47 - A Voice that Calls

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Friday night, long past closing, Nat crept into the store. 

She still had the keys, and Liz hadn't gone so far as to change the locks. Nat wasn't sure why she'd gone there to seek shelter. She could have gotten another night at the motel. She could have crept home. 

But it was the store that called to her, and she moved through the darkened rows of antiques and oddities to find her way into the back room. She booted up the computer and cleared a space for herself at the desk. She doubted Liz would even notice, considering all of the paperwork that had piled up in Nat's absence: great stacks of invoices and receipts and earnings; taxes to report, expenses to apply. She almost itched to start filing them, the impulse of muscle memory, but it wasn't why she had come here. 

The computer's hopeful, brightly lit face was the only light in the room. The screen glowed in the semi-darkness, casting a sharp relief of shadows over the small office. 

She didn't really believe Celia Rivera's story, did she?

The woman was clearly insane. The way her eyes darted, the way she spoke -- she could be schizophrenic, or have dementia, or one of a host of other problems that could have explained her strange beliefs and behavior both. Maybe her son had inherited the same disorder of the mind. Maybe she'd been driven crazy by grief.

She couldn't possibly believe that a taxidermied dog was a hell hound, could she?

Nat shifted her position and pulled up the search engine, only a vague hint of what she was looking for nagging at the back of her mind. A list of disparate stories, all of them linked by one shared truth. 

The Fairfax hound. The Barghest. El Cadejo. Hellhounds. 

Black dogs, the embodiment of evil, spread across cultures and continents and centuries. The stories were all different, but at their heart they were all the same. It was starting to feel impossible that they could all be untrue. There had to have been some grain of truth in them somewhere.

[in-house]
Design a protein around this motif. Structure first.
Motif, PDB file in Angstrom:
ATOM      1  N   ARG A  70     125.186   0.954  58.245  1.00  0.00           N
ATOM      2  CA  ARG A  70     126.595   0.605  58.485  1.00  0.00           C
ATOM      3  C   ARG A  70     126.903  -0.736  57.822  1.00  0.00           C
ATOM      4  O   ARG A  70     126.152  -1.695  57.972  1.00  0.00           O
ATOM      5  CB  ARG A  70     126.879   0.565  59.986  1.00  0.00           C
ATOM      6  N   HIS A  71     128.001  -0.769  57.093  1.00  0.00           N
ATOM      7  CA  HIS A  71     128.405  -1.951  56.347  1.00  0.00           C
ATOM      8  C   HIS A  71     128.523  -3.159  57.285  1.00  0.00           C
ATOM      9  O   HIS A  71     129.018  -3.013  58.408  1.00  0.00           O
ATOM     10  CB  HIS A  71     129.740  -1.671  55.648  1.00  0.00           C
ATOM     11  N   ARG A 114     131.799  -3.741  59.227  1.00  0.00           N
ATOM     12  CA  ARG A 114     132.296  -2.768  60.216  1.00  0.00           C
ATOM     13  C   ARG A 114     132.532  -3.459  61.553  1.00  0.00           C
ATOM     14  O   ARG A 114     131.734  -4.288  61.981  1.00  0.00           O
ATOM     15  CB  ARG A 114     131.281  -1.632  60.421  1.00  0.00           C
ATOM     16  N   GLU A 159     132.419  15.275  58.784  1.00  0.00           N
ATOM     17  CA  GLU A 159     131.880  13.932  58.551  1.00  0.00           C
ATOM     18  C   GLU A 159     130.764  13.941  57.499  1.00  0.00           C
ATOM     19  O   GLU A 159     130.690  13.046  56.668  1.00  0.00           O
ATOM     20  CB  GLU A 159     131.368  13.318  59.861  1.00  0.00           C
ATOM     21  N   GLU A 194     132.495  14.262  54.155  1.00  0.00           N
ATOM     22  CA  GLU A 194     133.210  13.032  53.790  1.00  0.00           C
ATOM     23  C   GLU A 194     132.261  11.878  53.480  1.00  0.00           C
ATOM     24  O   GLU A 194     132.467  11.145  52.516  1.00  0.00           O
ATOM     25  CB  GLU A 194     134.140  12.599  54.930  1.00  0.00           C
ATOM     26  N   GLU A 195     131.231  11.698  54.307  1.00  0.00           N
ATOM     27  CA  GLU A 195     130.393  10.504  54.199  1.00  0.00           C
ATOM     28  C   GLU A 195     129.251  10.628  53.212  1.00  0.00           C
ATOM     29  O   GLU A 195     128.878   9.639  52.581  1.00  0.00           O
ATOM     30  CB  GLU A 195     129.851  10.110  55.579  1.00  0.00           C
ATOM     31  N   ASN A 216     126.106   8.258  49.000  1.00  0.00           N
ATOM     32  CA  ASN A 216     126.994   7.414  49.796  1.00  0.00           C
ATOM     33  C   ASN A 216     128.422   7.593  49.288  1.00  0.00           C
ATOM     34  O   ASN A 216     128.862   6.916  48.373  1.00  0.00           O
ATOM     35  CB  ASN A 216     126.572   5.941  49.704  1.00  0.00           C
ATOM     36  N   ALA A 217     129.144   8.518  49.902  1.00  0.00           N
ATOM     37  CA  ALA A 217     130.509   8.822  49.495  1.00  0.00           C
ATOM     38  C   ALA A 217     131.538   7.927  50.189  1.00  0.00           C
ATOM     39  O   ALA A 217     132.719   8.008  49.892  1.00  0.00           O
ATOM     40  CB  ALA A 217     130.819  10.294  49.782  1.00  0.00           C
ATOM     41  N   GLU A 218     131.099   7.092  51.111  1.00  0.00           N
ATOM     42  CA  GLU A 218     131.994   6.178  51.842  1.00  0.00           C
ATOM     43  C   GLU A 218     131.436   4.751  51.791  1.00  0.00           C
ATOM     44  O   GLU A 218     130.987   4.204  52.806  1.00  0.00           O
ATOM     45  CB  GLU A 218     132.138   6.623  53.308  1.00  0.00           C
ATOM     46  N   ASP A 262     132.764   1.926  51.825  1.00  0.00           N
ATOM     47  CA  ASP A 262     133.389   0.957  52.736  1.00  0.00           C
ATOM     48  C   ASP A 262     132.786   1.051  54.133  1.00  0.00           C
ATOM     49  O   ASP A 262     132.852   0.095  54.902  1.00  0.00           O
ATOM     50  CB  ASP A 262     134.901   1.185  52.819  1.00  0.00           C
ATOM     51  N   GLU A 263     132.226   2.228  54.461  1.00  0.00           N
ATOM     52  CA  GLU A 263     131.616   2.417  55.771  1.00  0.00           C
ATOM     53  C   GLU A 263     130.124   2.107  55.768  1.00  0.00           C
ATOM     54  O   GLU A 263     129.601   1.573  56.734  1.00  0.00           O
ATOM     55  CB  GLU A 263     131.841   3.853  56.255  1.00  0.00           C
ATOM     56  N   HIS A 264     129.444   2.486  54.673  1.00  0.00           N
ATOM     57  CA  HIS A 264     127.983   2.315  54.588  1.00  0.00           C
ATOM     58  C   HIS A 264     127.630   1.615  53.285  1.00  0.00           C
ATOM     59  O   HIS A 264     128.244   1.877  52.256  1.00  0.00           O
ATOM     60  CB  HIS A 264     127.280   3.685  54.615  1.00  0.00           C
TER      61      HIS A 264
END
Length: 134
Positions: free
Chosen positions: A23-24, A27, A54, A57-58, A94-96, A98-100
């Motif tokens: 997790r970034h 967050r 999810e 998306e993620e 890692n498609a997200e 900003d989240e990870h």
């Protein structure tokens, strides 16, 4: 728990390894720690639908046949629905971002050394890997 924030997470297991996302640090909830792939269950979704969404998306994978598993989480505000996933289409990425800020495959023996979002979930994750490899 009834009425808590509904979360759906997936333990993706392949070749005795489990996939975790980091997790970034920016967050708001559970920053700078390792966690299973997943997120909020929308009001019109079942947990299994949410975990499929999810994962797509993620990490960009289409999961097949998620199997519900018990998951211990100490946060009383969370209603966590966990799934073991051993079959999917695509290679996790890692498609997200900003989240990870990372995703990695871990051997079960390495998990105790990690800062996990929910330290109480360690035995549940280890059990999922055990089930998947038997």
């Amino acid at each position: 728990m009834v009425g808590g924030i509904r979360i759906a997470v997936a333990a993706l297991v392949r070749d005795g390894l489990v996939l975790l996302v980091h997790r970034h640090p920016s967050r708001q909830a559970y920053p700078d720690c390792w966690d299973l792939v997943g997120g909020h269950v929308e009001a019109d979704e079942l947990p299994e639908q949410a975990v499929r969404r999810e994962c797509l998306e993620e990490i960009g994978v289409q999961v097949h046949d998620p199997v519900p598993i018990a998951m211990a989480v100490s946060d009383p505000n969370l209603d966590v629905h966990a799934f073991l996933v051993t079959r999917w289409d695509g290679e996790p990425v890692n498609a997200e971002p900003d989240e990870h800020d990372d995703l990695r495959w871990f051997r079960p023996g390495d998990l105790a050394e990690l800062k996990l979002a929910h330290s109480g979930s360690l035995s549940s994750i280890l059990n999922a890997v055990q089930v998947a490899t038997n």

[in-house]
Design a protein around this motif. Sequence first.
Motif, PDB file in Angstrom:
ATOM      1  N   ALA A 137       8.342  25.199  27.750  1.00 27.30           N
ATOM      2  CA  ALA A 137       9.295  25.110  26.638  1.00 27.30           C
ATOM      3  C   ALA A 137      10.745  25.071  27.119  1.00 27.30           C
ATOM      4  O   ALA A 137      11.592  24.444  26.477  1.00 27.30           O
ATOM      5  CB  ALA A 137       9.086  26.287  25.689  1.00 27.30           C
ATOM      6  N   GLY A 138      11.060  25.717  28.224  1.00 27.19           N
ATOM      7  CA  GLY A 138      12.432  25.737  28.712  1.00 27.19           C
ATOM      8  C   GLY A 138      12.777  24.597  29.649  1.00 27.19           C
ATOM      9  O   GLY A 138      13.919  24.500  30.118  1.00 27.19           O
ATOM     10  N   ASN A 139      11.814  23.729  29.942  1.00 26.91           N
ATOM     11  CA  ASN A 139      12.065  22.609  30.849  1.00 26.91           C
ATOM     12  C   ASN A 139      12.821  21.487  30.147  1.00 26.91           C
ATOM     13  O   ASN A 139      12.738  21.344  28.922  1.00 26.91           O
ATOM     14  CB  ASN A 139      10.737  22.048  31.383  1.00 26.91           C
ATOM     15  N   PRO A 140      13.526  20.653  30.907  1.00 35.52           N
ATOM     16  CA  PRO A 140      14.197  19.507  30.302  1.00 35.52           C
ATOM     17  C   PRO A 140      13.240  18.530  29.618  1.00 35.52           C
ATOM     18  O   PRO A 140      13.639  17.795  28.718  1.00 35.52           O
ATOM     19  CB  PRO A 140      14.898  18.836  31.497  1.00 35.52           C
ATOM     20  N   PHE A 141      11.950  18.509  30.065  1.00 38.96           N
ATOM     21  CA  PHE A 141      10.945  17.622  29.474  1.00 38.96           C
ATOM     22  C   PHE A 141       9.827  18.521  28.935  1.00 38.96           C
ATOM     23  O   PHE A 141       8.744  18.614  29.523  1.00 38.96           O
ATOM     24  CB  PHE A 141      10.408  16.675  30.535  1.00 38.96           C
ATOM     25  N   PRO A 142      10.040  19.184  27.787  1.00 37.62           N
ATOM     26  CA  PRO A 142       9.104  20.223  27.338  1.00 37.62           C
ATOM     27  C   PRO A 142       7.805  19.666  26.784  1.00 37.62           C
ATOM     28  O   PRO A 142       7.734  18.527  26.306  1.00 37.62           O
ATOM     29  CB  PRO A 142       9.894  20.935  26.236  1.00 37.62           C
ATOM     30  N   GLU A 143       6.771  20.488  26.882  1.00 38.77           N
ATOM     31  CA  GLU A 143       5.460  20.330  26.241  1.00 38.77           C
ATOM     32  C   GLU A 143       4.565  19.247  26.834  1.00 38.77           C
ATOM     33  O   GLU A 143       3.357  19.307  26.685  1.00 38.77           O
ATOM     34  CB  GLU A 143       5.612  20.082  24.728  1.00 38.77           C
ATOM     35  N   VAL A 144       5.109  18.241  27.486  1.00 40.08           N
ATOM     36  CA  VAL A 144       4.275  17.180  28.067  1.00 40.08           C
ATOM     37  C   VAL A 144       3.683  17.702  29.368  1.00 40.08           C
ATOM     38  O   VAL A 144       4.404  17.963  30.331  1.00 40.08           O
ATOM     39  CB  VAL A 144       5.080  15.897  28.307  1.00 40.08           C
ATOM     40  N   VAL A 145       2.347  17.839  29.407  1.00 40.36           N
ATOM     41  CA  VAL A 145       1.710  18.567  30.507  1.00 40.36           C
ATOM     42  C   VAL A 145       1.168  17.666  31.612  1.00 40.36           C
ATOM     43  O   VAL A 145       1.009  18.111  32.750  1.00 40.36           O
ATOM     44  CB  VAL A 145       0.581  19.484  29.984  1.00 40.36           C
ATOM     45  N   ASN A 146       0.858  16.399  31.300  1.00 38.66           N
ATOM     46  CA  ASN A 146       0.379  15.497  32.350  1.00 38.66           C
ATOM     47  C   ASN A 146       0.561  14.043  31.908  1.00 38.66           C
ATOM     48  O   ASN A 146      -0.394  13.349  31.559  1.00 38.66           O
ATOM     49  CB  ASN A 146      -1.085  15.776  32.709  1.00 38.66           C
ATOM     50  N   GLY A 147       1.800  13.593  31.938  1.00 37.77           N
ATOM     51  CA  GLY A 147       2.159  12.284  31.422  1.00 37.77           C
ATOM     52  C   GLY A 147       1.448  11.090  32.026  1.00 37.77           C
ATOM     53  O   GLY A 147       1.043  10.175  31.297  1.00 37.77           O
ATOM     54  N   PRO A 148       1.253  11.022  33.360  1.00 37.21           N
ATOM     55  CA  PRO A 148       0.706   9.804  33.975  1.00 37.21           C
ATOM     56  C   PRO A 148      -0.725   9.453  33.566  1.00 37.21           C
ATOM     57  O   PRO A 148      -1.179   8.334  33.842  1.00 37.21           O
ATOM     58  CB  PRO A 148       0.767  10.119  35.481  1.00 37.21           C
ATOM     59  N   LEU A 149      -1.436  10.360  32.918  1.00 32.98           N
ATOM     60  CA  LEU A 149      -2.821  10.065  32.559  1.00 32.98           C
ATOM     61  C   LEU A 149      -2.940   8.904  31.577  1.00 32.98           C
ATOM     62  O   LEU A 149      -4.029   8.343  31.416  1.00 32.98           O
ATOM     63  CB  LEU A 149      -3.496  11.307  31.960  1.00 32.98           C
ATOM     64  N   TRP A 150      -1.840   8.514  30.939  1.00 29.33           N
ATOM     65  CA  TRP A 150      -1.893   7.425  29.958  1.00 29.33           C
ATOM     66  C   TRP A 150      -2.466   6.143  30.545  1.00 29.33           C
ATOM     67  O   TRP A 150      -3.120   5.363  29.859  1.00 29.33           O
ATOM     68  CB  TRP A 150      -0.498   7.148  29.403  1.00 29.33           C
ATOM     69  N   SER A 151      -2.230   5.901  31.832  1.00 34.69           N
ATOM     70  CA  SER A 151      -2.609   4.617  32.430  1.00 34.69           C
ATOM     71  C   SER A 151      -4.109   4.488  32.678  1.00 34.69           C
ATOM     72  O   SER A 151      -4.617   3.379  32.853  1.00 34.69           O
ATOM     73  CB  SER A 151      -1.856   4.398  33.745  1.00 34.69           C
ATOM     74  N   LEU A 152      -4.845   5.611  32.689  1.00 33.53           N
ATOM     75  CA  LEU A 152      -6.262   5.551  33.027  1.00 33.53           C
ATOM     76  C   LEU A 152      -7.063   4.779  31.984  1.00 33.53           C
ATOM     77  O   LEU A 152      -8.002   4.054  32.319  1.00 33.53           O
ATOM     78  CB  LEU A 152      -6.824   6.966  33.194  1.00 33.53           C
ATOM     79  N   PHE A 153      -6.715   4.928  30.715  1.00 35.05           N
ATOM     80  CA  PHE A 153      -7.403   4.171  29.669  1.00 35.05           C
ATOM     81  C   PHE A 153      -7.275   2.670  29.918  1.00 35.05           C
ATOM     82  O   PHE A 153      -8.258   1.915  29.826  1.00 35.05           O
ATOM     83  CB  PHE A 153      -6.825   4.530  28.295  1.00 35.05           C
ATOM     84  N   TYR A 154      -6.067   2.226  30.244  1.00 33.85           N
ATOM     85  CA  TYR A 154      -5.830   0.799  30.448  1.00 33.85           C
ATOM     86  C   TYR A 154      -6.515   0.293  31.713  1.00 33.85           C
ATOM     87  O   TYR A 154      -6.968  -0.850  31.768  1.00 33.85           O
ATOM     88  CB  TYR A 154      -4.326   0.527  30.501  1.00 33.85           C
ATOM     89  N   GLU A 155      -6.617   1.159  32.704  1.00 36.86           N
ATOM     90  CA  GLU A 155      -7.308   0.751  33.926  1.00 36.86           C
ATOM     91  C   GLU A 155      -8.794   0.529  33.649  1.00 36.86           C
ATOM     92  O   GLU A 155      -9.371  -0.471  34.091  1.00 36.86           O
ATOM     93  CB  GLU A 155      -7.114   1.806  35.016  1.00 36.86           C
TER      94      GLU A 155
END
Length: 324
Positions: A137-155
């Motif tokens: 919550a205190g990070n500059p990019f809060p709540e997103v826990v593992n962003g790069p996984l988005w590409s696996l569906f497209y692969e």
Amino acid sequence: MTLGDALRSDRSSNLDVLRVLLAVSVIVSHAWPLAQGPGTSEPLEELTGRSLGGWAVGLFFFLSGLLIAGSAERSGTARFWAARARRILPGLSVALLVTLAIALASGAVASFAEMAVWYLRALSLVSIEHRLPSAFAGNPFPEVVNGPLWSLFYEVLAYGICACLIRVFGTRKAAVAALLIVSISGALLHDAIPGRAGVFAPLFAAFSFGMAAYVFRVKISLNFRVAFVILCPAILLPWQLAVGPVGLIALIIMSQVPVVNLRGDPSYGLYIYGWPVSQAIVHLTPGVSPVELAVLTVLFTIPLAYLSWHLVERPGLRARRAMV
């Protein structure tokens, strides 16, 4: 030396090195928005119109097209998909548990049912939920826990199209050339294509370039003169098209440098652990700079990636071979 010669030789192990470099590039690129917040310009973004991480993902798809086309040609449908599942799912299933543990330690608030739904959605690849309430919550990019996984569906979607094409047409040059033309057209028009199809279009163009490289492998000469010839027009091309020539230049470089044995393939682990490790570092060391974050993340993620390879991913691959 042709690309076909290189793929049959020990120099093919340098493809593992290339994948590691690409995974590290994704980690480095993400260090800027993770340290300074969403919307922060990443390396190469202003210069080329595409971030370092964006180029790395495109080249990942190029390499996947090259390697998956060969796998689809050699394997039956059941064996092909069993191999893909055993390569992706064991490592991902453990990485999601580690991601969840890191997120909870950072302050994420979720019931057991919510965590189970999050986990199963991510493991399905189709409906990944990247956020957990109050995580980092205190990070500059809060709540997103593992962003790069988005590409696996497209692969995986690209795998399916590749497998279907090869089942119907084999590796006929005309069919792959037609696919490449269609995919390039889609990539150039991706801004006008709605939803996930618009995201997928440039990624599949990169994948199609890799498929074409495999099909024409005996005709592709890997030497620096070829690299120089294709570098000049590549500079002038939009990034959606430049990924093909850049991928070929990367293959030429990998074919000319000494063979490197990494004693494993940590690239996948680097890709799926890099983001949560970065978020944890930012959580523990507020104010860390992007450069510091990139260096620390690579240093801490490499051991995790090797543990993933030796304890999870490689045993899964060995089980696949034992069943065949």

She remembered Miriam's proclamation: The dog was old. Unfathomably ancient, older than living memory. Maybe older than memory itself. 

But could Nat truly believe that? Was that the answer she wanted to commit to? 

That was what she was doing here in the dark, surrounded by the unnatural light of a computer monitor and the distant presence of antiques. It was a trial with a jury of one, all of the evidence gathered and assembled, and the verdict would decide once and for all what she was willing to believe. 

Explain it, then. What is your rational explanation?

Her mind demanded an answer, and each time it looped to this question, she found it harder and harder to answer in a way that felt satisfying. 

What's wrong with Liz, Natasha?

Tiredness, nothing more. Short-temperedness. She's always been a little aloof. She's just having a bad month.

What happened to Fluff, Natasha?  

She shoved the keyboard away and looked around the room, agitated.

Something killed him in your house. You know he didn't come in through a window, not like that.

She remembered Liam, with his stuffed toys, and Liz's dead-eyed nonchalance. She knew, deep down, that someone -- or something -- had murdered that cat in her house.

You want to blame the dog, don't you? You want it to be the dog, because at least that's no one's fault. At least that would mean you're not living with someone capable of...

Say it.

Say it.

Say that you are afraid that a five-year-old killed your cat. Admit that's why you haven't wanted to go home. Admit that you would rather pretend that a taxidermied dog could come to life and kill an animal. Admit that you're hiding from the truth because you don't want to accept that you've trapped yourself with a child you're afraid of.

Is that what you think? 

Is that what you fear?

But what if you've got it all wrong?

A dozen browser tabs all opened to terrible stories, and she read over each of them looking for solace. There were a limited number of options. 

If it wasn't Liam -- it could have been Liz. 

Liz could have been so angry about what she'd accused Nat of doing to Liam -- so jealous of the cat, and Nat's worry about him -- that she'd done something monstrous. 

But then, what had really happened to Liam's arm? Had it really gotten stuck somehow in the dog's mouth on accident? 

Had she really manufactured a memory of leaving the dog in the desert? 

Were Matt and Miriam and the Riveras all dead because of coincidence, accidents and misfortune and unrelated events strung together in some kind of insane conspiracy theory? 

It was all so unlikely, so incredibly difficult to explain away. But the only other explanation was impossible. So which was she ready to believe? 

And, most important of all...what would she do once she decided? 

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